All things being equal, as mentor to many promising young students at the beginning of their scientific career trajectory, I would much rather have women earning science degrees because that's where their passion and talent lie, rather than it being economically advantageous. Unfortunately, with the implicit bias coursing through our families, our televisions, and in the very words with which our earliest math teachers praise and guide us, far fewer women have the genuine opportunity to discover these passions, let alone pursue them. So, in the meantime, if it's a recession that closes the gender gap, I'll take it. But we've only just begun.

Originally Published on the Huffington Post August 12, 2015

‘Don’t Know Much About Science’

It was difficult to miss all the hype regarding last week's release of the National Science Foundation's (NSF) 2012 study on public attitudes toward and understanding of science and technology. Most cited the fact that one in four Americans believes that the Sun revolves around the Earth. But then again, our American narcissism may be as much to blame for our scientific illiteracy as our education system is -- doesn't everything revolve around us? What hasn't been discussed as much are the seemingly positive and actionable outcomes of the study, such as the encouraging way Americans view science, both as a field of study and as a career; the role education plays in fostering scientific interest; and the disconnect between our interest in and our lack of knowledge of science, scientists and what it is that they do.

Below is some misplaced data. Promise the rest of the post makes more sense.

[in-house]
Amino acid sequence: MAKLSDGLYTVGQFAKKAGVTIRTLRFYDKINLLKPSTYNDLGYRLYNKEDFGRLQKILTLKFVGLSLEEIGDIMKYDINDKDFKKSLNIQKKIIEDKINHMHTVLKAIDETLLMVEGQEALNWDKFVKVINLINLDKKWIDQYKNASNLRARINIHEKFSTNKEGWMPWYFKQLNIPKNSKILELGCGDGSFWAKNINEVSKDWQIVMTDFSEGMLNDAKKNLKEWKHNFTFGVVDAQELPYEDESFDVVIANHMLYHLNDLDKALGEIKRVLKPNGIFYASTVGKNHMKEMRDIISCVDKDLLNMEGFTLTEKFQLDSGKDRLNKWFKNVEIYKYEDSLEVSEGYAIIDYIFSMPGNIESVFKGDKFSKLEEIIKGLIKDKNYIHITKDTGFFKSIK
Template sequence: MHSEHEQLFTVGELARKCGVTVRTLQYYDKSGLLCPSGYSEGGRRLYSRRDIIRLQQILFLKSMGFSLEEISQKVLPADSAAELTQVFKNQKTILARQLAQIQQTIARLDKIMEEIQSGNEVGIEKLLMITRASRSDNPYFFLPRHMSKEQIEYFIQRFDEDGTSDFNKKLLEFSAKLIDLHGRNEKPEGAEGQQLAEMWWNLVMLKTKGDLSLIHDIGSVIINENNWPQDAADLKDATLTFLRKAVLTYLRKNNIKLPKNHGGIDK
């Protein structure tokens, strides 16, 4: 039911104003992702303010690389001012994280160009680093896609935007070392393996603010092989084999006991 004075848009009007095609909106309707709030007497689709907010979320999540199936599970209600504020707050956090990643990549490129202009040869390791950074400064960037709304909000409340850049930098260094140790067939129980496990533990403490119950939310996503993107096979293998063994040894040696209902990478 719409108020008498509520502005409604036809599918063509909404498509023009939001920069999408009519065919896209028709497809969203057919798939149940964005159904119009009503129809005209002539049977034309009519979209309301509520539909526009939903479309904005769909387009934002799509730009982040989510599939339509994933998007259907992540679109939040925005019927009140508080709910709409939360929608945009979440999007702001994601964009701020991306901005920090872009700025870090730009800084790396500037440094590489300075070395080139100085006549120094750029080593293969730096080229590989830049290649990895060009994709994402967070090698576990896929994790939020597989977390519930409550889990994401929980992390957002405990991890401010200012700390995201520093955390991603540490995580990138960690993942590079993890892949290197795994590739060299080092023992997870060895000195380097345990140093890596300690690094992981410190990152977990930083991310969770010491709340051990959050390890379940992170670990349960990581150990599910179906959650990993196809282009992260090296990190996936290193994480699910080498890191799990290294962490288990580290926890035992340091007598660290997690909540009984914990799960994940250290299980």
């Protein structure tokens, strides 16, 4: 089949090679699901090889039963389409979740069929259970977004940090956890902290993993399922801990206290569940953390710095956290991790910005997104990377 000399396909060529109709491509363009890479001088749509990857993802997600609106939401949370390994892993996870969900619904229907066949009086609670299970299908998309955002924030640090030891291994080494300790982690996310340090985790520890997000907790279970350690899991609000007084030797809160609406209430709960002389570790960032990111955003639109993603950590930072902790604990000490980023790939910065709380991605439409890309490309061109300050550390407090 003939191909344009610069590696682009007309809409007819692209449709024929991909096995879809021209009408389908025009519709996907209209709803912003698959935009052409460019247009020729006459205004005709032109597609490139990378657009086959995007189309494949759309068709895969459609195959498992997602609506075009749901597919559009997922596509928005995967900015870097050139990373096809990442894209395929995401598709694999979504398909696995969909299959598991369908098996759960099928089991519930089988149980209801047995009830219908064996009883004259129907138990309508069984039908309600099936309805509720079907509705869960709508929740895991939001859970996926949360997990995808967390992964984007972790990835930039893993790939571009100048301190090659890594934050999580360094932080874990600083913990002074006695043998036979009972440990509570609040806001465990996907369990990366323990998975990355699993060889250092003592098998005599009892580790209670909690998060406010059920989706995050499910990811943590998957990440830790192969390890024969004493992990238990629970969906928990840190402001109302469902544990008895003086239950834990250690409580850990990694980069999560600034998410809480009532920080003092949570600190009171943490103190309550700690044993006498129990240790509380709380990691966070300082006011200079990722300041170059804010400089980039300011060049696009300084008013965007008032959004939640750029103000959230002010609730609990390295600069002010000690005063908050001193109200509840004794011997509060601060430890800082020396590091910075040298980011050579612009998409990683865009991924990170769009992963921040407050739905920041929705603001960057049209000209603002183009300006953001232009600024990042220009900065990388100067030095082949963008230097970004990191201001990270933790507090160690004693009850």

One aspect of this study is a survey consisting of nine science questions, such as:

"True or false: The center of the Earth is very hot."

And:

"Does the Earth go around the Sun, or does the Sun go around the Earth?"

Americans answered 5.8 out of these nine questions correctly, putting the United States on par with other countries, though comparison is limited, as not all questions are asked worldwide. What is noticeable is that other countries are trending upward in the acquisition of scientific knowledge, but the United States has remained more or less at a standstill. And in response to scientific questions that contradict established doctrine, Americans performed markedly worse, unless a qualifying preface such as "according to scientists" was appended to the questions. For example, whereas 48 percent of Americans affirmed that "human beings, as we know them today, developed from earlier species of animals," 72 percent answered "true" when the question was prefaced with, "According to the theory of evolution...." Similar results were obtained when surveyed about the veracity of the statement that "the universe began with a big explosion." As expected, Americans with higher levels of education performed better on these nine questions. And, yet again, men performed better than women on the physical science questions (only).